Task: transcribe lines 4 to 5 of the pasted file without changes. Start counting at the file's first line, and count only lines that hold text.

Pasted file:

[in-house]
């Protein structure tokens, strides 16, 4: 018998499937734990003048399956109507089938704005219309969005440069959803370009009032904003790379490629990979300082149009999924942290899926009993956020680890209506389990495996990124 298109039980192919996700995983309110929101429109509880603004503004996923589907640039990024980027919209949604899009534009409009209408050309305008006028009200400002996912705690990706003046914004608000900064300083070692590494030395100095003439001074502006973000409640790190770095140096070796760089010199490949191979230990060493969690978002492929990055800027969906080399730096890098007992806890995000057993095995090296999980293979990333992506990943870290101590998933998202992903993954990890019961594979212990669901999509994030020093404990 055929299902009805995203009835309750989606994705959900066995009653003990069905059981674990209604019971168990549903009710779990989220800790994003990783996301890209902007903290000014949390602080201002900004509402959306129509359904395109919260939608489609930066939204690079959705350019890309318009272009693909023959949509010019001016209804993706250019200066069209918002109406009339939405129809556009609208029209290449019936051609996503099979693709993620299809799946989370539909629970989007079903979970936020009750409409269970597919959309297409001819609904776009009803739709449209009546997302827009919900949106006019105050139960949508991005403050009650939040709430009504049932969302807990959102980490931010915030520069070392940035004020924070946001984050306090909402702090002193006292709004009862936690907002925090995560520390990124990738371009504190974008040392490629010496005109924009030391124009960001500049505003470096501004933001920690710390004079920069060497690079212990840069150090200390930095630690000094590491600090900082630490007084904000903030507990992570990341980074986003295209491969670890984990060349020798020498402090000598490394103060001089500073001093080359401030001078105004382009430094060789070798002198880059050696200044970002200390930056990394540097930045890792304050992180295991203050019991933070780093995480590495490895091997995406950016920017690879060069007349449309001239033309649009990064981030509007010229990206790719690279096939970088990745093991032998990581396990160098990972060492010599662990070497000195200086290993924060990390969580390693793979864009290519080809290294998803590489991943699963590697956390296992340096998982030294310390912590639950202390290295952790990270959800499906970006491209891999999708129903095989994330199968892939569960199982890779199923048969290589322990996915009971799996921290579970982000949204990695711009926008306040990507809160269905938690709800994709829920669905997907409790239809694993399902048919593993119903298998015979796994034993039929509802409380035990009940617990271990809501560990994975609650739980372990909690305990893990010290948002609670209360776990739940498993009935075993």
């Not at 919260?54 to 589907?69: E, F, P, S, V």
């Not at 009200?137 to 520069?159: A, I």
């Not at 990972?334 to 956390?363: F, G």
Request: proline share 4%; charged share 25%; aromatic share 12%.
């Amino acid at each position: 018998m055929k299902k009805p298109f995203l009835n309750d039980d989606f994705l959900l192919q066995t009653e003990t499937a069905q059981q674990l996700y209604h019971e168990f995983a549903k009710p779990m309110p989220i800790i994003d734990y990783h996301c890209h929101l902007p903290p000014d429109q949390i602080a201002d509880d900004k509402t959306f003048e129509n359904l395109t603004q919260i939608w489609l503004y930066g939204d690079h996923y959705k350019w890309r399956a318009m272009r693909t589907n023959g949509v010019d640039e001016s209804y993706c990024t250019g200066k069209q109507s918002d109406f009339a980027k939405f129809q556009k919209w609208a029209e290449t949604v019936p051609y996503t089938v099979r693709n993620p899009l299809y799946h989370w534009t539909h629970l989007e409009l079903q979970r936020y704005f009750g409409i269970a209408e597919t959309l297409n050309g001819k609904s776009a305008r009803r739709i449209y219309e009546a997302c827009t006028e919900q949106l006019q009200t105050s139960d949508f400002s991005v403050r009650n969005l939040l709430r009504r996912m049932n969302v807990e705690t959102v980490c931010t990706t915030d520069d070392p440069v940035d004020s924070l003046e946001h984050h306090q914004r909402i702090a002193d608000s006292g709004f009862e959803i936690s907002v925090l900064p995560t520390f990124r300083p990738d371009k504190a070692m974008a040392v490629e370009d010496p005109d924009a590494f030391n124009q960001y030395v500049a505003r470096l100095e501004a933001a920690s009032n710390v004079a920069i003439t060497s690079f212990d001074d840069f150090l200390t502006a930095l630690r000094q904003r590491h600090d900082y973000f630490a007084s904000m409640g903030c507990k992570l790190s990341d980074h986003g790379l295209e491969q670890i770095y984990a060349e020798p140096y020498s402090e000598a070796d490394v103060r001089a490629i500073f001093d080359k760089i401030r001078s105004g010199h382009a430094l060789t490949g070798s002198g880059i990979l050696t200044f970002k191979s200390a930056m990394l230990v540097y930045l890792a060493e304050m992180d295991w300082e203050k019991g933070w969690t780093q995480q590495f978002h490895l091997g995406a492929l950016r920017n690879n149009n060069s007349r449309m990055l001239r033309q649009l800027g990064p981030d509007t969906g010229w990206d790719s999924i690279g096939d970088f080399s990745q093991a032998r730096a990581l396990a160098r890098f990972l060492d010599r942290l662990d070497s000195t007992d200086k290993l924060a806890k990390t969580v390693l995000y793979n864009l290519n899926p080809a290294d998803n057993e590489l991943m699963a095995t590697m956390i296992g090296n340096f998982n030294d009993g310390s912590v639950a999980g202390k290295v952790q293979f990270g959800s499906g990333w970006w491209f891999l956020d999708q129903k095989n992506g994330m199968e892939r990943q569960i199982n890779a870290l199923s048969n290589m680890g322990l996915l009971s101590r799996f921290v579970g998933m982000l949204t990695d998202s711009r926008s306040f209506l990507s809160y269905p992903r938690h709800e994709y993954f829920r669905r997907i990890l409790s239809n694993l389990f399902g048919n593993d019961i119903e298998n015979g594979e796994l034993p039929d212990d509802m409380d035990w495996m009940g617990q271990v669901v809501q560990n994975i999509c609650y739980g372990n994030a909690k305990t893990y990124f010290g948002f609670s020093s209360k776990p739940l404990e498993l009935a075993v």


């Not at 009200?137 to 520069?159: A, I």
């Not at 990972?334 to 956390?363: F, G």